Some Memories Never Fade: On the execution of Juan Garza in 2001
Note: Three executions were scheduled between July 13-17, 2020, and one in August at the U.S. Federal Penitentiary in Terre Haute, Indiana. This penitentiary is 10 miles from the Motherhouse of the Sisters of Providence. The Sisters of Providence oppose the death penalty.
Eight days after the June 11, 2001, execution of Timothy McVeigh, on June 19, two days after Father’s Day, Juan Garza from Brownsville, Texas, met the same fate at the U.S. Federal Penitentiary in Terre Haute.
Along with Sister Suzanne Brezette (RIP), I was asked to host the Garza family in Marian Hall at Saint Mary-of-the-Woods for the week prior to the execution of their husband, father, and brother. His execution and his family’s presence with us for that week is the memory that will remain with me forever.
In my memory forever is participating with Juan Garza’s daughter, Norma, to protest the execution of Timothy McVeigh at the Terre Haute Court House, and later standing next to her at the prayer vigil keeping watch at the penitentiary early in the morning of June 11. It was as if it were an eerie dress rehearsal for her father’s execution a week later.
In my memory forever, somewhat frozen in time, are the faces and presence of his children and grandchildren: Maribel (27), Norma (24), Juan Jr. (12) and Liz-Ann (9) and grandchildren Bernadette (8), Alphonso (4) and Sebastian (3 months). Juan Jr. commented, “No one should have to die that way.” Even the 4-year-old asks many questions.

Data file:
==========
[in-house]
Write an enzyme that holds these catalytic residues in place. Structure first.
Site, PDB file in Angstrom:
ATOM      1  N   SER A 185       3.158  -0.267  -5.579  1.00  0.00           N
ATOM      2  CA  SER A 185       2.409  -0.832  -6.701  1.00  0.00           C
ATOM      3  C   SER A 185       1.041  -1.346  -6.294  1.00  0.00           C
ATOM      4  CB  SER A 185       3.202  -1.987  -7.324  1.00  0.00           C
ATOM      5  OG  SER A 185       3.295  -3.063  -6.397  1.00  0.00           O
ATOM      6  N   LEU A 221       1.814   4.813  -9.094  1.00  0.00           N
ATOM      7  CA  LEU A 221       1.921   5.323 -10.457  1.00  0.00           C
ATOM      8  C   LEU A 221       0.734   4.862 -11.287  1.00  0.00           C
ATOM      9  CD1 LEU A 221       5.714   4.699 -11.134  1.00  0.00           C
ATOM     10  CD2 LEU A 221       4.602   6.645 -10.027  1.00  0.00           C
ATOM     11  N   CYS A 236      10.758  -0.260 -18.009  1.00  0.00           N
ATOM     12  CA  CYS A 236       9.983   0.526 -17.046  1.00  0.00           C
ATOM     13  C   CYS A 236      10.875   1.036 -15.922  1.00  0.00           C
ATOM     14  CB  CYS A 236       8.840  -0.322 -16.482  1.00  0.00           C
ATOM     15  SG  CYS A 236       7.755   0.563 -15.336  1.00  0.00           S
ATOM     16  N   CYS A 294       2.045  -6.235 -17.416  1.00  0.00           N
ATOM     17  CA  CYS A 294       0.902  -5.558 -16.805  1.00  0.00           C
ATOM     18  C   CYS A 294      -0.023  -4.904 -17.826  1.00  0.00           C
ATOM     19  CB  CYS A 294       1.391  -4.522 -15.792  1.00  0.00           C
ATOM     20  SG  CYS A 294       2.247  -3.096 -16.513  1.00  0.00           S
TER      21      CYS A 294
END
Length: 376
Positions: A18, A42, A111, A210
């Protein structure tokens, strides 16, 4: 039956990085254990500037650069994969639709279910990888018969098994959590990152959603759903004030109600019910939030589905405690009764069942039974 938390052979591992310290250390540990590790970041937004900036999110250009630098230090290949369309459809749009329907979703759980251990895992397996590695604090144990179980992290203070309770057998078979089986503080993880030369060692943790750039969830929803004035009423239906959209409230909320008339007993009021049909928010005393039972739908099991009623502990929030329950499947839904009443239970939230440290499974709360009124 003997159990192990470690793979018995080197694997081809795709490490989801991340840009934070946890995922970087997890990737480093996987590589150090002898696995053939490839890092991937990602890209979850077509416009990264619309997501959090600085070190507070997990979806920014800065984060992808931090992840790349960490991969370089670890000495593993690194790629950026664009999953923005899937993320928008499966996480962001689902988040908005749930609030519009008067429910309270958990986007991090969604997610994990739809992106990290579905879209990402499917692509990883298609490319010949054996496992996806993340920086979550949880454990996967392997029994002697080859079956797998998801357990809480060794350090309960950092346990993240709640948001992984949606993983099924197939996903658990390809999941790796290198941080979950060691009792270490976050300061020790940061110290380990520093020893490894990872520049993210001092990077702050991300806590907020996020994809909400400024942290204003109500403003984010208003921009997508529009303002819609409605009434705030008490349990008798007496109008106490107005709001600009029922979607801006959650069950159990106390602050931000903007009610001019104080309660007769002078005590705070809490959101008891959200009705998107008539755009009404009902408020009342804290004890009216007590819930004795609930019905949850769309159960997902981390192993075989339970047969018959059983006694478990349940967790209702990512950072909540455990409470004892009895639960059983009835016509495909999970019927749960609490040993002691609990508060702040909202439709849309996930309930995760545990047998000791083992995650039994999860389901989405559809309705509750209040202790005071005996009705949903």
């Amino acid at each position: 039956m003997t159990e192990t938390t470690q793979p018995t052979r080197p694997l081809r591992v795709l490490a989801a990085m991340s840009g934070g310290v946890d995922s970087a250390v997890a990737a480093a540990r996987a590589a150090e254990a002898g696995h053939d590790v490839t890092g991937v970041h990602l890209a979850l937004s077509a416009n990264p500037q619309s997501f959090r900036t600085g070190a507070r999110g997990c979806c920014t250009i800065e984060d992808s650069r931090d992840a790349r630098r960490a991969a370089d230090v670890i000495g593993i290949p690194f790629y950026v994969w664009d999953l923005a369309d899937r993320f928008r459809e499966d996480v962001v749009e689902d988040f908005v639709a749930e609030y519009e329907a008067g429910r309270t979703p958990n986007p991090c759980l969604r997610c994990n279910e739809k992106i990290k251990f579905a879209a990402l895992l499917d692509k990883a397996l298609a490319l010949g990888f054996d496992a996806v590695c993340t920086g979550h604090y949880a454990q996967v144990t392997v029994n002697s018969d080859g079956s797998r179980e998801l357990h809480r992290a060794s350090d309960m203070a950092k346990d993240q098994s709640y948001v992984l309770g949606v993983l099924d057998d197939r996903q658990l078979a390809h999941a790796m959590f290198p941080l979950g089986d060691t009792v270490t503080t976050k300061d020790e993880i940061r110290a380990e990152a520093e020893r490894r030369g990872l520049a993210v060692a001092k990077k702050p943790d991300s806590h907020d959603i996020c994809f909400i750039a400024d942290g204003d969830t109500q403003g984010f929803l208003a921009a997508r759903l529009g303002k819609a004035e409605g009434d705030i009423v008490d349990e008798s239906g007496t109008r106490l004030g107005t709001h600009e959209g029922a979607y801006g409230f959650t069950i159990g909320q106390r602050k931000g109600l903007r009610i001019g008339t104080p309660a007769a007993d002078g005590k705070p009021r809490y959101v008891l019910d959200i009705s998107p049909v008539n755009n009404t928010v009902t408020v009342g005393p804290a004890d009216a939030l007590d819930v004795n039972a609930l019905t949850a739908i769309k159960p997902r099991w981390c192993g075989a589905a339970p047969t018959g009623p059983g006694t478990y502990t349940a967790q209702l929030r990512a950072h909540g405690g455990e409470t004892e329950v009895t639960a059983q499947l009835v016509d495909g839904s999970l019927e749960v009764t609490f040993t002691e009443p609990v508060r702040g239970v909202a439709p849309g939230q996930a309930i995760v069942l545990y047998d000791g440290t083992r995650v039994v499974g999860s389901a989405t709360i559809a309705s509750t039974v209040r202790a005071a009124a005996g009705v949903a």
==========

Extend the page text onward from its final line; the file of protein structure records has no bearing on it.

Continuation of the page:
In my memory forever are the stories of the family’s last visit. Liz-Ann, hugging her father so long and so hard that she did not want to let him go. “My dad is not being murdered; he is being released to a better place, to the Promised Land.” Juan’s last words to his wife and family: “I am not afraid to walk up the table. My fear is for you and for my children. Be strong and draw closer as a family; love one another.”
In my memory forever is the family gathered around the television in Marian Hall watching the preparations for Juan’s death. Juan told them he did not want them to witness his death by lethal injection nor to join Sisters of Providence and others at a prayer vigil on the prison grounds. Close to seven o’clock, his daughter Norma went outside. I followed her and joined her on the grass, facing the direction of the prison. She told me she wanted to see her father’s soul finally set free. As our Church bells tolled a little after seven, I told her that he was now free and with God, enjoying God’s unconditional love and forgiveness.
My questions about the death penalty remain unresolved. Why do we (The United States Government and society) kill people who kill people to show that killing people is wrong? Why do we perpetuate violence in the name of justice? Please join the Sisters of Providence in praying and living our prayer of non-violence.